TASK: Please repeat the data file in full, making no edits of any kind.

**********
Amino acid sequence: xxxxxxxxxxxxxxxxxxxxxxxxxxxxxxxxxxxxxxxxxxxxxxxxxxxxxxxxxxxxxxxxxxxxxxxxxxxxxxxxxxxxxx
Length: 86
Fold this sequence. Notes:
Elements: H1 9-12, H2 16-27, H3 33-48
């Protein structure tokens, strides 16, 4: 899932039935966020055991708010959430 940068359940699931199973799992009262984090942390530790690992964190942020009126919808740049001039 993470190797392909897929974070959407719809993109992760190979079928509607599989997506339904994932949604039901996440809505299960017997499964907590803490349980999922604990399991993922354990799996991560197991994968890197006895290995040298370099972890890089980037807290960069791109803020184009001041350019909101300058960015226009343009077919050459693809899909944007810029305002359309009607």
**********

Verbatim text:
Amino acid sequence: xxxxxxxxxxxxxxxxxxxxxxxxxxxxxxxxxxxxxxxxxxxxxxxxxxxxxxxxxxxxxxxxxxxxxxxxxxxxxxxxxxxxxx
Length: 86
Fold this sequence. Notes:
Elements: H1 9-12, H2 16-27, H3 33-48
């Protein structure tokens, strides 16, 4: 899932039935966020055991708010959430 940068359940699931199973799992009262984090942390530790690992964190942020009126919808740049001039 993470190797392909897929974070959407719809993109992760190979079928509607599989997506339904994932949604039901996440809505299960017997499964907590803490349980999922604990399991993922354990799996991560197991994968890197006895290995040298370099972890890089980037807290960069791109803020184009001041350019909101300058960015226009343009077919050459693809899909944007810029305002359309009607």